Another cave containing prehistoric paintings may exist just four kilometers from the famous Lascaux caves in southwestern France. The original cave art at Lascaux was found in 1940, and attracted hordes of visitors until it was closed to the public in 1983 to protect the artwork.
A group of teenagers near the town of Montignac discovered in 1940 a complex network of Paleolithic caves with a series of 17,000-year-old frescos. According to Archaeology News Network:
The rumors of a second cave covered in pre-historic artwork have been circulating for years, but it appears local authorities are now ready to take them seriously after one local family shared an extraordinary secret they had kept to themselves for half a century.
According to French media reports this week, preliminary investigations by the town’s mayor, as well as authorities in the Dordogne region, have proved promising enough to warrant a more detailed probe into a patch of land 4 km from the site of the Lascaux caves.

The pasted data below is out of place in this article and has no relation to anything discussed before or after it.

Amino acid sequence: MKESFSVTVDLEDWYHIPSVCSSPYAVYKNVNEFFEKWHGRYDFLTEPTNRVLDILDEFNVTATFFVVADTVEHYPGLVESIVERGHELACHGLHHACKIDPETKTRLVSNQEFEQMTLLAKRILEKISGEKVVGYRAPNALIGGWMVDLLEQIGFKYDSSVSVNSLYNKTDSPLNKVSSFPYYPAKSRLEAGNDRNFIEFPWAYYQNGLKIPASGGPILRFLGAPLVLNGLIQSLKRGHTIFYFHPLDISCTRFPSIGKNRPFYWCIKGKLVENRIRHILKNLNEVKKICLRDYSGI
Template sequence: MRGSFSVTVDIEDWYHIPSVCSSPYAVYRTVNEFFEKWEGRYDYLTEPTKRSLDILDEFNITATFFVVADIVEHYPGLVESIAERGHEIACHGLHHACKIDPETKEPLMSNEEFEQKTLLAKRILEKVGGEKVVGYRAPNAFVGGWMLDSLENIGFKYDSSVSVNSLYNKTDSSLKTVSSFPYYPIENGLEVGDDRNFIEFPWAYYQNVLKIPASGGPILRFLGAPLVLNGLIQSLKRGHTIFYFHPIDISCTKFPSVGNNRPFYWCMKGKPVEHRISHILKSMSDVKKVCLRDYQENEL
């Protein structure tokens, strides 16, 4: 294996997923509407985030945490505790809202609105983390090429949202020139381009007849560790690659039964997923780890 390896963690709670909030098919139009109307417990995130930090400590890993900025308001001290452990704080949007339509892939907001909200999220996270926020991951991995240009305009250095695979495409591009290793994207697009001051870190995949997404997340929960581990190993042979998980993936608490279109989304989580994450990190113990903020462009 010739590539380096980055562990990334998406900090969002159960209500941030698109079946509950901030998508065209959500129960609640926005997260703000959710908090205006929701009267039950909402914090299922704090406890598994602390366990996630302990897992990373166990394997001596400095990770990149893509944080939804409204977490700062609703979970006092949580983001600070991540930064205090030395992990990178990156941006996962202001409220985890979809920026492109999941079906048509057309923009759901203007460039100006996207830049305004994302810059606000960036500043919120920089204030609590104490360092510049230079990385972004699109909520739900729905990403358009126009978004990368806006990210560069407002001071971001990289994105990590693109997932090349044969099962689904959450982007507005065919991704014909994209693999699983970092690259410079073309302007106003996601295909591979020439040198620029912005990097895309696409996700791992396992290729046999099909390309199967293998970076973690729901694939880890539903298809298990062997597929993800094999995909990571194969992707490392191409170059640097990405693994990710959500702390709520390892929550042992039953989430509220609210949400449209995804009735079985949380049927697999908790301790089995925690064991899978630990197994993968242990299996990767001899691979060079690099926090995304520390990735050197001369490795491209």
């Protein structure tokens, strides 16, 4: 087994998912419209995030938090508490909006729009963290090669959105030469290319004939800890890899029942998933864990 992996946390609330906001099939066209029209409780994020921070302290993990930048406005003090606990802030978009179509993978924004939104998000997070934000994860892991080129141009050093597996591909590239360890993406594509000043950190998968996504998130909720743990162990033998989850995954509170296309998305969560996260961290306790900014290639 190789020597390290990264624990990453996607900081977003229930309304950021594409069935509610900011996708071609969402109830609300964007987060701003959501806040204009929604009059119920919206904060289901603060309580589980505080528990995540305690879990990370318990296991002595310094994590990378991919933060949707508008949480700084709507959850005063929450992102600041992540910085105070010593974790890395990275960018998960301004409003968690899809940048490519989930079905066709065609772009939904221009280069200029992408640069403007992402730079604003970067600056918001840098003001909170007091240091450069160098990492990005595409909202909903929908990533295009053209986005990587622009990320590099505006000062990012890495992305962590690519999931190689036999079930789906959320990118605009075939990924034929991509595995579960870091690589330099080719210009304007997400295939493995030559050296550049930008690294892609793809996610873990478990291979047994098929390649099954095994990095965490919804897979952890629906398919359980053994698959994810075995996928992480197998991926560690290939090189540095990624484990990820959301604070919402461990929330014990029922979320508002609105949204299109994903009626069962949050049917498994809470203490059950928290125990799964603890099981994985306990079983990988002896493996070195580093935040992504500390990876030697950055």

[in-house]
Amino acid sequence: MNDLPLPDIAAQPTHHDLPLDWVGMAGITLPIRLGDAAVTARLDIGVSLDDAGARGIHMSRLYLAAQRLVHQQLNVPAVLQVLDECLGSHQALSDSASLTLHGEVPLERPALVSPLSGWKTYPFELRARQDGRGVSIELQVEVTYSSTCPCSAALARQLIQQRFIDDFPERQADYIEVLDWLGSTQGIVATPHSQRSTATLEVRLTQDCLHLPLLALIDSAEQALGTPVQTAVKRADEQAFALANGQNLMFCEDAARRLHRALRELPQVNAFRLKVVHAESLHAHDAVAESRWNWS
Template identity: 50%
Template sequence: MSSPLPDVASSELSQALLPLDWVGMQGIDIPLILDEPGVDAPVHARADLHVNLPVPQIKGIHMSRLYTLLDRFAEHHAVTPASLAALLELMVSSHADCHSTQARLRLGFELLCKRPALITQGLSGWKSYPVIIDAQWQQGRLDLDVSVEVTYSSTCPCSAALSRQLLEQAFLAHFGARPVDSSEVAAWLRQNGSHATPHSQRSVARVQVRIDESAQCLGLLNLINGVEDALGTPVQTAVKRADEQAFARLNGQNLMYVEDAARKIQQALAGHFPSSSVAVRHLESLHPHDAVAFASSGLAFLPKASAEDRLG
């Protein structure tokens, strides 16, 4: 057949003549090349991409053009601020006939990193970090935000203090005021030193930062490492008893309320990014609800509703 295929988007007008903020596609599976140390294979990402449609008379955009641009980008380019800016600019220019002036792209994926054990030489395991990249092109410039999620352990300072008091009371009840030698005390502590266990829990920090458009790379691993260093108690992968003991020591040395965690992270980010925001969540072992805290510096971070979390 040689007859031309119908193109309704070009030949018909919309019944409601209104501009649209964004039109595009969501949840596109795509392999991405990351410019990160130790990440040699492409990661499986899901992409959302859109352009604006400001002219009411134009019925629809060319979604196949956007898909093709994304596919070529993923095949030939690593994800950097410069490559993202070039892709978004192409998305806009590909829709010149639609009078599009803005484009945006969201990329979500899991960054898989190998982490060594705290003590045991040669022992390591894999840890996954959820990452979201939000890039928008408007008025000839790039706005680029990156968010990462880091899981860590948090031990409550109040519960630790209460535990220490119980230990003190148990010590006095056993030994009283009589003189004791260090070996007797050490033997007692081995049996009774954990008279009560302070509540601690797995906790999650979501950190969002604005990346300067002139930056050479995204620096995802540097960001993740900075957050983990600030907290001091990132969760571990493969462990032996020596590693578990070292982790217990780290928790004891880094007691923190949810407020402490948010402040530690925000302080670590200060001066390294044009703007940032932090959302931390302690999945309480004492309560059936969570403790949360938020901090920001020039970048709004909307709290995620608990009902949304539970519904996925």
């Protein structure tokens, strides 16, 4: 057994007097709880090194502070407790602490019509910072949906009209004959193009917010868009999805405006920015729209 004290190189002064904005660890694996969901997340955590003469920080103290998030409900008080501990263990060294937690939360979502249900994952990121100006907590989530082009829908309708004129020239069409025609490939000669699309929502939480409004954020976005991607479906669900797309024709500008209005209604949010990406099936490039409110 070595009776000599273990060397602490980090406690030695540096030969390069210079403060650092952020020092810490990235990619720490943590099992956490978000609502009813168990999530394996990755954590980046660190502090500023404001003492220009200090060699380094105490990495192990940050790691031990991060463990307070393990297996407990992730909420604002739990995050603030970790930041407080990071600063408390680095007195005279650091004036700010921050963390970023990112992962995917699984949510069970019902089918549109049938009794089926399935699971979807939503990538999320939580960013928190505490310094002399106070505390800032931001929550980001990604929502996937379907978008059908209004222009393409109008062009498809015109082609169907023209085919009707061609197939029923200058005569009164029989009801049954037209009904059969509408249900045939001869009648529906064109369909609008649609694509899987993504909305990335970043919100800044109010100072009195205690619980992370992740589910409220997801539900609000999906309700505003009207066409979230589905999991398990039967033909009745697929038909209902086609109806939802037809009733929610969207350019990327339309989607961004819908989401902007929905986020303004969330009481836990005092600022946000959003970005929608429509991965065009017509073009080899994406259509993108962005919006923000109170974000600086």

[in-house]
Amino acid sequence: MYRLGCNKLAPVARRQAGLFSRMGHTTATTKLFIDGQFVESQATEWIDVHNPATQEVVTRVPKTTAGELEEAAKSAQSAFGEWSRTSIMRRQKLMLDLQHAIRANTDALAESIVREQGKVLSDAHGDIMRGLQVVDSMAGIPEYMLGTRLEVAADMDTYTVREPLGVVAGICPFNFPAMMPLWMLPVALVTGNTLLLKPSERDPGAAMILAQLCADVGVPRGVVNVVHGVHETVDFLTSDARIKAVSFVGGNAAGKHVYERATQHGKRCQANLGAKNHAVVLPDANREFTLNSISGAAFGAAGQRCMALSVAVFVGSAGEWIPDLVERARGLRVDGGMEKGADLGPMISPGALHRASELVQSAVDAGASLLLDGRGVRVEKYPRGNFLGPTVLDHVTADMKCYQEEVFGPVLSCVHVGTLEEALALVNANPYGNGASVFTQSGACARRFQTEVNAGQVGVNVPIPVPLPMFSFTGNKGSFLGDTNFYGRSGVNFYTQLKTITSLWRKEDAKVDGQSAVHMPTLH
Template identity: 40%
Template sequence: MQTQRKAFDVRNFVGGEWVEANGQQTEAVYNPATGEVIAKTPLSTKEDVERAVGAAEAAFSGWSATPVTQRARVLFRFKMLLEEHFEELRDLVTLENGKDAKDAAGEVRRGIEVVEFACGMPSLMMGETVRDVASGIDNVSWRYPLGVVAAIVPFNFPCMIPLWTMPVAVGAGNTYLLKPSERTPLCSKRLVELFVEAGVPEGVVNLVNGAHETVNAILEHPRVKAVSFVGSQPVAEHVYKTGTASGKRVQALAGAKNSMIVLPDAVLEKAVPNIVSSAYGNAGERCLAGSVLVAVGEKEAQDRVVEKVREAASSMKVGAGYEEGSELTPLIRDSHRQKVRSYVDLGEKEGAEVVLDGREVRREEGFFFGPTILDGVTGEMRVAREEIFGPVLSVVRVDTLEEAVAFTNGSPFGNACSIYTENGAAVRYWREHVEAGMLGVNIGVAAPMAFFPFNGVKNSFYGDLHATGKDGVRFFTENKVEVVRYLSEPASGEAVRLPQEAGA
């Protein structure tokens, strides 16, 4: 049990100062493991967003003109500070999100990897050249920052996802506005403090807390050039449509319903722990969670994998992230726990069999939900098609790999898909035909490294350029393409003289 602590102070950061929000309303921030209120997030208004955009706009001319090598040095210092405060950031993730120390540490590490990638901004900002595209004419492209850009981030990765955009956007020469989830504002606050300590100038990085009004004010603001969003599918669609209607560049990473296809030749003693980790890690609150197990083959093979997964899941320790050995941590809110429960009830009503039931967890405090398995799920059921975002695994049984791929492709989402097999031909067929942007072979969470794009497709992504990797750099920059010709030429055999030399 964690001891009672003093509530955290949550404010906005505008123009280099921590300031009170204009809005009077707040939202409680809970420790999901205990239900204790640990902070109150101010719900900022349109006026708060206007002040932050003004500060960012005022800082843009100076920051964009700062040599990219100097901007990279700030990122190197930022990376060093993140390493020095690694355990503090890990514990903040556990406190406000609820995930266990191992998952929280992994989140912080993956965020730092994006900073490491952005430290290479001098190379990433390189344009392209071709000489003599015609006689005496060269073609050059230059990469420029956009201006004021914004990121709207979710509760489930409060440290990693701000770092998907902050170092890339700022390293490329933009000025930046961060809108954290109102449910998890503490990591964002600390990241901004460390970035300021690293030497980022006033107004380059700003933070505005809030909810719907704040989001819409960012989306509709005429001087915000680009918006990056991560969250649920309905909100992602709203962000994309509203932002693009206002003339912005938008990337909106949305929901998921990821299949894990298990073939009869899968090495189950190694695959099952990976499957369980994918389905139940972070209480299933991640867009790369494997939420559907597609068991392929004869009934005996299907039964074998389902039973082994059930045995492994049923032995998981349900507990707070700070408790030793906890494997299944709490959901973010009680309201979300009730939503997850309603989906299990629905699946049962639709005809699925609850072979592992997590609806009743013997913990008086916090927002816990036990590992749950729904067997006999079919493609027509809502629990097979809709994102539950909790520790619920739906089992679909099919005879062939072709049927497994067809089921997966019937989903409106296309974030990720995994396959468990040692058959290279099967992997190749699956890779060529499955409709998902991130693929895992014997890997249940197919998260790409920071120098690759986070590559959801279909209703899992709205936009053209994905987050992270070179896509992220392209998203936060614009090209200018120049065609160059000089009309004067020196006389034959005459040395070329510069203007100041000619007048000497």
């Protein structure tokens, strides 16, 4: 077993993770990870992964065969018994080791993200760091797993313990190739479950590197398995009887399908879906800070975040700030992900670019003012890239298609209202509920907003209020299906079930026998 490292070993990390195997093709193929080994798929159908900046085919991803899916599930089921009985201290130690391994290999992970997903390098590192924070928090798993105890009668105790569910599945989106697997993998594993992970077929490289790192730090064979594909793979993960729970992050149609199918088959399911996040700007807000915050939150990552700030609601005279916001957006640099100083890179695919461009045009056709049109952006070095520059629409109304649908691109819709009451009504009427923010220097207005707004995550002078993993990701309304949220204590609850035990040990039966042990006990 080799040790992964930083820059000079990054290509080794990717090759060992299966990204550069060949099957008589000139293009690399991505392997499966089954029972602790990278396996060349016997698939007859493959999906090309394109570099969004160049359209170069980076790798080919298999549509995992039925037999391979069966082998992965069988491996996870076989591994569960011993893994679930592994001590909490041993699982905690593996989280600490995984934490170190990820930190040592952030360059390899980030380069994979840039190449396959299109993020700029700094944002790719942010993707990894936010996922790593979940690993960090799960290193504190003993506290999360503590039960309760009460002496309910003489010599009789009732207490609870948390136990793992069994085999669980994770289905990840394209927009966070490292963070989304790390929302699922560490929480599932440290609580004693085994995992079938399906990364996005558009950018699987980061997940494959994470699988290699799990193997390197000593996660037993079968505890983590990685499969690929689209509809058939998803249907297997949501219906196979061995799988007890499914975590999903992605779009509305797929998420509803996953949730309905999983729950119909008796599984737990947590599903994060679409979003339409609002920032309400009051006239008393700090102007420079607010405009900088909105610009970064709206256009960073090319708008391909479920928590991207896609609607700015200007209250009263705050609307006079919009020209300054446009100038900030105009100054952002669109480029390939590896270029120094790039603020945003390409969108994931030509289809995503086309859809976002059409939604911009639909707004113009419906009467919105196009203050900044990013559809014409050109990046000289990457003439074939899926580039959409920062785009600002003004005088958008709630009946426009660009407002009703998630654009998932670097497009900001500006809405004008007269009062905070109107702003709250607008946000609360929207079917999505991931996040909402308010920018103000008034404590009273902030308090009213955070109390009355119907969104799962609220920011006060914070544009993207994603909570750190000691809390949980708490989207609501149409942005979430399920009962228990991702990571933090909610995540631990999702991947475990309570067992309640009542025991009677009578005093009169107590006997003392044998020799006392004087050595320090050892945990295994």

“There’s no certainty, and we are still quite far from having the necessary evidence to confirm the existence of another decorated cave,” Montignac mayor Laurent Mathieu told French daily Le Figaro this week.
Despite that caution, however, Mathieu did confirm that the culture department of the Dordogne regional administration would soon be mapping out a 10-hectare area for “further research.” This region will also be placed under surveillance, to prevent amateur archaeologists from conducting their own, unsupervised investigations.
The possibility of a second discovery near the town came about in August, when an elderly local woman told the mayor that her husband – who had died in August – had come across a cave with prehistoric frescos back in 1962, but had covered the entrance for fear of bringing hassle on himself. The secret had stayed in the family for 51 years, until she finally shared it with the mayor.
Image: Researcher examining paintings in the original Lascaux chamber.